Keila Grinberg considers Nabuco’s defense of Saraiva in his study of nineteenth-century politics, Um estadista do império (1899); more than a matter of personal loyalty to a late compatriot, this defense was an element in the construction of a liberal-monarchist narrative on the causes of the Paraguayan War (1864/5-1870), by far nineteenth-century South America’s bloodiest conflict and a key moment in the weakening of the regime the two men served. Marc Hertzman looks at the complex relationships, challenges, and paradoxes that “loyalty” evoked for Carneiro, paying close attention to the last years of his life, when he found inventive ways to remain faithful to his life’s work while subject to state surveillance and official harassment. Barbara Weinstein traces Tannenbaum and Cárdenas’ friendship across opposite ideological trajectories, from anarchism to Cold War liberalism in Tannenbaum’s case and endogenous radicalism to support for the Cuban Revolution in Cárdenas’, on the basis of a close reading of their correspondence. James Woodard uses remarkably similar moments of national reckoning in Freyre and Milliet’s lives as young, would-be intellectuals to begin to unpack questions of national, regional, political, and personal loyalty and belonging in their subsequent trajectories through twentieth-century Brazilian letters and politics.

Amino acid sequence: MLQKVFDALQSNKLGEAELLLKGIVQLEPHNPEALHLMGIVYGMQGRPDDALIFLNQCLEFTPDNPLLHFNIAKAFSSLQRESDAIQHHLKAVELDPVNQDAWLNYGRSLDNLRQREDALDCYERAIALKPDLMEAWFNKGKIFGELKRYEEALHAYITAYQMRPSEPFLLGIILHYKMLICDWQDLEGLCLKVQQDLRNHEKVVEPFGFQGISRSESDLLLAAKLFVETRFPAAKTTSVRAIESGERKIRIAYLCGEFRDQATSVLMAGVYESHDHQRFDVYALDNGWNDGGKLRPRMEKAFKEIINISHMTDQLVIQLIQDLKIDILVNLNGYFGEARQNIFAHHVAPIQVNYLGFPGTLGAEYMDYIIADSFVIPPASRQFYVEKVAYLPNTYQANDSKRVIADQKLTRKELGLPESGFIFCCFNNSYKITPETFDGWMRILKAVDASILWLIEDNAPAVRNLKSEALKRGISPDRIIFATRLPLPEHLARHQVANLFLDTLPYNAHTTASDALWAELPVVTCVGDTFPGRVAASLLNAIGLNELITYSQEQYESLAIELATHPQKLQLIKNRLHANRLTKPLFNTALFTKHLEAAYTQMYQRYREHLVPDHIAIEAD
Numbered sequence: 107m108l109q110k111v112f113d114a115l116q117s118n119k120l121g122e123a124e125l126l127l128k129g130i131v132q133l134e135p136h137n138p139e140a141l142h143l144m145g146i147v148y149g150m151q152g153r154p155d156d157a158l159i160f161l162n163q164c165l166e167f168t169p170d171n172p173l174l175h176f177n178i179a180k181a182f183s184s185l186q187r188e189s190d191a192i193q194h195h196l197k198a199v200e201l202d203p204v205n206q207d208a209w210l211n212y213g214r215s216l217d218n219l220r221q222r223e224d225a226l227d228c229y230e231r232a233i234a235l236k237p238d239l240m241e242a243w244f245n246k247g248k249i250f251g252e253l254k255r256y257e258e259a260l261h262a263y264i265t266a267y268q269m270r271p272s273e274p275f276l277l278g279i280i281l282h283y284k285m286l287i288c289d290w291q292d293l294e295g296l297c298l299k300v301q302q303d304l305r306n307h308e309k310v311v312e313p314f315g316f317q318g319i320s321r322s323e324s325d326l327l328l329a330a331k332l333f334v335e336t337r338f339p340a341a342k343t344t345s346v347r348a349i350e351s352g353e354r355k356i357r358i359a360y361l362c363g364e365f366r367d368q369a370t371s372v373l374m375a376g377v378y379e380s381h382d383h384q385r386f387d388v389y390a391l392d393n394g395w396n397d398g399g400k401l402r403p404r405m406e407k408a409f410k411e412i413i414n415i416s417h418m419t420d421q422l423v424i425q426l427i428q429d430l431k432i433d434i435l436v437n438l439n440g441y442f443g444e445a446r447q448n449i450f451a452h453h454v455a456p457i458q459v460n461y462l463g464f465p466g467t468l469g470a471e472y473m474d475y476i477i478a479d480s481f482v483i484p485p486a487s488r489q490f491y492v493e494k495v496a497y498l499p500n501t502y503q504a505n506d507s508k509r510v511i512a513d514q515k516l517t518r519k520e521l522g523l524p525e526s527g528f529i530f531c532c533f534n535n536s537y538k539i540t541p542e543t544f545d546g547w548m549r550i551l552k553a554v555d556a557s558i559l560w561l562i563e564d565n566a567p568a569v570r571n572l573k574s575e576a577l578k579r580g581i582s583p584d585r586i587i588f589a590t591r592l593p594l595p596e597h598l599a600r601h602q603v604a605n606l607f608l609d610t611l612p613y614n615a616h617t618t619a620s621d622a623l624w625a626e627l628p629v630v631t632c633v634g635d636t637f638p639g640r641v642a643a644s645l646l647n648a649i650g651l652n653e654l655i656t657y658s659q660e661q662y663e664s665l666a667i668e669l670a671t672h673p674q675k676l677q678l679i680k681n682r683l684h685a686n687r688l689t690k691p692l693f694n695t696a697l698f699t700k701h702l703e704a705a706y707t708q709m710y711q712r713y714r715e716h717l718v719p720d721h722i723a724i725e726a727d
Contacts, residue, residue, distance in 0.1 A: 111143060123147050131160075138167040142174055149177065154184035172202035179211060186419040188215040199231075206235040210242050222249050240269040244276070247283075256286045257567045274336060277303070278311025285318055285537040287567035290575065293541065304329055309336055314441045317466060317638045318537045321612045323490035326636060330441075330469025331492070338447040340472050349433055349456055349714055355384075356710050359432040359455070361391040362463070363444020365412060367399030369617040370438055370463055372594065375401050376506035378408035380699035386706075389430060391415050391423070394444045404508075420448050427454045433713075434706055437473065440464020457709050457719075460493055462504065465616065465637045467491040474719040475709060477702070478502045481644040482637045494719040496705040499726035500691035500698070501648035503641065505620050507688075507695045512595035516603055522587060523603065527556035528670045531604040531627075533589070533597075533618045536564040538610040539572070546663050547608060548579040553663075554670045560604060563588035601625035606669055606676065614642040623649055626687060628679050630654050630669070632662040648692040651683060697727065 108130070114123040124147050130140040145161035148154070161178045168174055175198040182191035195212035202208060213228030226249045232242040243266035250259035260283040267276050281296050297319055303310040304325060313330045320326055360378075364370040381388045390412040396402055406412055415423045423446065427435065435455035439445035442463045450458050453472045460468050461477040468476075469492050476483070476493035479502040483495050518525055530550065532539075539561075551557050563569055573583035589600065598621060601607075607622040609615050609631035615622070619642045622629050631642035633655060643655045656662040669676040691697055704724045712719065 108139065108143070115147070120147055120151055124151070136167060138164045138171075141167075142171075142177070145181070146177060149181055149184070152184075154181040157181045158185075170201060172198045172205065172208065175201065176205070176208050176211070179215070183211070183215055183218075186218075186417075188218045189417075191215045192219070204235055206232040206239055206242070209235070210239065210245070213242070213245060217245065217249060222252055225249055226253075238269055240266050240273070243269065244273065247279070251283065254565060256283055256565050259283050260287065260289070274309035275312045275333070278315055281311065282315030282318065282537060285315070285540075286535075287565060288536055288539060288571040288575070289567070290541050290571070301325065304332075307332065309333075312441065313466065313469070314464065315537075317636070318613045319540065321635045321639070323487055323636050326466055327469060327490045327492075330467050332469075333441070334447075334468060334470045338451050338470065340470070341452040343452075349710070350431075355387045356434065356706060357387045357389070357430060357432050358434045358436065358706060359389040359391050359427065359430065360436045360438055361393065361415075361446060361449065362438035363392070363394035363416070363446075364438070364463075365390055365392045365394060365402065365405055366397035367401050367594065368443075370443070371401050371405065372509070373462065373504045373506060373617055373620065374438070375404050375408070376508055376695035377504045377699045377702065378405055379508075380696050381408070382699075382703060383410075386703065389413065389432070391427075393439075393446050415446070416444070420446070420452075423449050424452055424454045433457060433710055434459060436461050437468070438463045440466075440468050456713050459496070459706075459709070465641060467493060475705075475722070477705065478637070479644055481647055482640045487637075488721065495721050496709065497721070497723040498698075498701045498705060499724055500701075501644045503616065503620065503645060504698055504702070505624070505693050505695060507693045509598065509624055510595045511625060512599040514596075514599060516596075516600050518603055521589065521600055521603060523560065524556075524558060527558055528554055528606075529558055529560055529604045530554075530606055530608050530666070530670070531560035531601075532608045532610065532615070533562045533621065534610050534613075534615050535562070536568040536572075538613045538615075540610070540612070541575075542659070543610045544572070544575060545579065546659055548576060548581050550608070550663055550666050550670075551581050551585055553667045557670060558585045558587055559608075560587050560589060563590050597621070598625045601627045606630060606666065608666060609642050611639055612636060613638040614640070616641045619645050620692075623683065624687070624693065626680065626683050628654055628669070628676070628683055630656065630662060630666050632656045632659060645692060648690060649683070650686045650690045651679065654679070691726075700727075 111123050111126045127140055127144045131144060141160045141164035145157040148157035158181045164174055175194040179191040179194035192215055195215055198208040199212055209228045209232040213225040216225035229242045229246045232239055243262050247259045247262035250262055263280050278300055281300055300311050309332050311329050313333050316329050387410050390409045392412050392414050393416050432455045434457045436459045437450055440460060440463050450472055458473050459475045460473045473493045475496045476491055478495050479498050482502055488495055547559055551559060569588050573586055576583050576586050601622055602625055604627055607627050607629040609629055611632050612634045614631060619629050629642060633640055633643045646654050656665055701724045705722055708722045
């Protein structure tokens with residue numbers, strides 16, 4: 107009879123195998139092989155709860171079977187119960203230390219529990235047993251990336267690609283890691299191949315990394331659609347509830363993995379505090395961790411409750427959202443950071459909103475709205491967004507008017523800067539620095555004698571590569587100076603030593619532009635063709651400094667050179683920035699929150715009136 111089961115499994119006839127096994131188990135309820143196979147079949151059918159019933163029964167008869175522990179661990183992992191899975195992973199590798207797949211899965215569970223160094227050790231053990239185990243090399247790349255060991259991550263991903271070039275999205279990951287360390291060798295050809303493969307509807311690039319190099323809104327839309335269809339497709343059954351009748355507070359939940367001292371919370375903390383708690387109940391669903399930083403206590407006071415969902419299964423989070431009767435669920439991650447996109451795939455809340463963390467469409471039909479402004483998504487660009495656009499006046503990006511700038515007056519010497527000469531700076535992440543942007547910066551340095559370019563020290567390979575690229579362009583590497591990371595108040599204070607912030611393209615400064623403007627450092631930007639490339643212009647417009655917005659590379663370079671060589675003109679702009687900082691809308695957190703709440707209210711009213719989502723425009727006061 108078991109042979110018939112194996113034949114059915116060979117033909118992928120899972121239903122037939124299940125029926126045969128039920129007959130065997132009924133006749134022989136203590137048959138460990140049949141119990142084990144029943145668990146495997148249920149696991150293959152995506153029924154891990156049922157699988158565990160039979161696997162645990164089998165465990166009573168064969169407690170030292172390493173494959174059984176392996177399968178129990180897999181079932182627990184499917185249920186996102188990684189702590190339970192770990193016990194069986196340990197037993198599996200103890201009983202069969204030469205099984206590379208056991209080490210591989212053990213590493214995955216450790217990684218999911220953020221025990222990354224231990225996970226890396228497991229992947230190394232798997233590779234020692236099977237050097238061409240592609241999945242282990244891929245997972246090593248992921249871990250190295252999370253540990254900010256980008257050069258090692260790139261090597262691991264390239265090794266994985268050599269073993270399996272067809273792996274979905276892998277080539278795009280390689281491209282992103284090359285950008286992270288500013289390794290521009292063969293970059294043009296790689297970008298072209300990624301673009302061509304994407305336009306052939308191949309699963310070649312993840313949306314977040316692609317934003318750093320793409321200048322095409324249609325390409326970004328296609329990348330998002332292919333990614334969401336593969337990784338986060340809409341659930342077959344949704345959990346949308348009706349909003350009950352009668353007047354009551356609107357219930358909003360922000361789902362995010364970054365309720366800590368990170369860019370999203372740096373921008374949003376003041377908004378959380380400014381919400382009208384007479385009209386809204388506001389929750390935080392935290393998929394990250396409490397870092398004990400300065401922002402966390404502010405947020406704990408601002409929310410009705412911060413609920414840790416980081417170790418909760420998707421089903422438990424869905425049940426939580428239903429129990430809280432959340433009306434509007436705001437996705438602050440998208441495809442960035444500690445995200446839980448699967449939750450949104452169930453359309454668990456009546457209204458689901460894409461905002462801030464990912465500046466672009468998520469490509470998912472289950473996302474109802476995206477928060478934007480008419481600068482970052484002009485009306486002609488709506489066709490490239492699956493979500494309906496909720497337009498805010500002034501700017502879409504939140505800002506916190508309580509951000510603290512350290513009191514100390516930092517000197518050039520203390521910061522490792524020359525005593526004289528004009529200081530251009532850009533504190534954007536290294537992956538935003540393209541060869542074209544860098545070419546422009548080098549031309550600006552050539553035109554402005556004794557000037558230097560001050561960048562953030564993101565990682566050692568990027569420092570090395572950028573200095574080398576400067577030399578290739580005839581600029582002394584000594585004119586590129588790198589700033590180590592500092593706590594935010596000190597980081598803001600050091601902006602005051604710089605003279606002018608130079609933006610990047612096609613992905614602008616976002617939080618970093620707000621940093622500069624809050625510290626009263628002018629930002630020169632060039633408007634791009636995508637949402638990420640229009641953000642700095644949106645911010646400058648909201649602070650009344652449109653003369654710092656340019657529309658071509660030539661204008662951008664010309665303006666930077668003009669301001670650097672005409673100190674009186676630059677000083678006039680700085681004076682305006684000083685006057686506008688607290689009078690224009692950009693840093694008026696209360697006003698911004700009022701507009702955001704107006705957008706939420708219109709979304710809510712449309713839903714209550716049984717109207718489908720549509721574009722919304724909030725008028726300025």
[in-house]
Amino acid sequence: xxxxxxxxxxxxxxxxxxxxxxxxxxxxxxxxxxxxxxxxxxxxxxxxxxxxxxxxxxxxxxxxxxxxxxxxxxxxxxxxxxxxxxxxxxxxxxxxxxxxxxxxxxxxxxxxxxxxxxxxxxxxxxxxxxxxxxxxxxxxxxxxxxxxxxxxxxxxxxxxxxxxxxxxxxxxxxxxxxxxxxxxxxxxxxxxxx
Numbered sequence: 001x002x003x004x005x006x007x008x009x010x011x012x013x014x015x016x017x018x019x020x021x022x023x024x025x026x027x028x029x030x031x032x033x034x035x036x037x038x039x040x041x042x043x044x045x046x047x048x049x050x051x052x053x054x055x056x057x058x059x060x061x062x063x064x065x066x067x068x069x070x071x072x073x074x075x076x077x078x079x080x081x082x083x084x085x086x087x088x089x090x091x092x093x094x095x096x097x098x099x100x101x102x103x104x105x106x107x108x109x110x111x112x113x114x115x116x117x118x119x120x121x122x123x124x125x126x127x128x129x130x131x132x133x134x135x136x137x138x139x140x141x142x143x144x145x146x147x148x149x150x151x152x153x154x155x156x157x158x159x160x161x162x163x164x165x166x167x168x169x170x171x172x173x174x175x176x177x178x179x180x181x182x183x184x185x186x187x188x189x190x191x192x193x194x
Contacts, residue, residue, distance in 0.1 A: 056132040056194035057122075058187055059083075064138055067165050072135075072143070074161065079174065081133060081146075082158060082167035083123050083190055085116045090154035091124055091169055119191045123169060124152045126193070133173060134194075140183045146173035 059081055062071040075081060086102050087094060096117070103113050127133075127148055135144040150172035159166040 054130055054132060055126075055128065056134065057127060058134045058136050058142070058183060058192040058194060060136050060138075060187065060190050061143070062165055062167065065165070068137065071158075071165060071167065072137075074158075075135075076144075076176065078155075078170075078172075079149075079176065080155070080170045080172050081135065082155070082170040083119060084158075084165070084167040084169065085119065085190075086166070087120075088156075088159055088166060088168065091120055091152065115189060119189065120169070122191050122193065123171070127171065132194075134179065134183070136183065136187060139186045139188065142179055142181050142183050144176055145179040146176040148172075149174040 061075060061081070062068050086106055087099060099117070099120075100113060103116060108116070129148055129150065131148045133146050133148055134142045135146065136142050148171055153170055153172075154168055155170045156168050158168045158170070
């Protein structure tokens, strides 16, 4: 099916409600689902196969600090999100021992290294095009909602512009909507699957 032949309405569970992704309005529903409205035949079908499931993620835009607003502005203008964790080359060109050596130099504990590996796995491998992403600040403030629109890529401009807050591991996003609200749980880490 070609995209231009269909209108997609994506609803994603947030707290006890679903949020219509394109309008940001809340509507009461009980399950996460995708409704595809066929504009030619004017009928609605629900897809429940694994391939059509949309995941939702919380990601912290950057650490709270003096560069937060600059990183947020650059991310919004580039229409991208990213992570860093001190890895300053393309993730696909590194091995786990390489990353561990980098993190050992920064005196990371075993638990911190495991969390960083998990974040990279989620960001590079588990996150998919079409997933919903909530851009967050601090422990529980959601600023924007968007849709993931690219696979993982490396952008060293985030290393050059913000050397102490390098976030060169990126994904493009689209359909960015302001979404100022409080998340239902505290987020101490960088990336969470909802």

Ample time for comment from and debate with the audience will permit discussion of the many issues of great interest—especially to historians of Brazil, Mexico, and the United States, but also to historians of the modern world generally—raised in the four presentations. These issues include transnational aspects of nineteenth- and twentieth-century intellectual history and the practice of biography (an “auxiliary science of history” not so long ago) by scholars formed in post-1960s social-history and/or post-1980s cultural-history traditions, as well as questions of identity and belonging so dear to practitioners of the latter.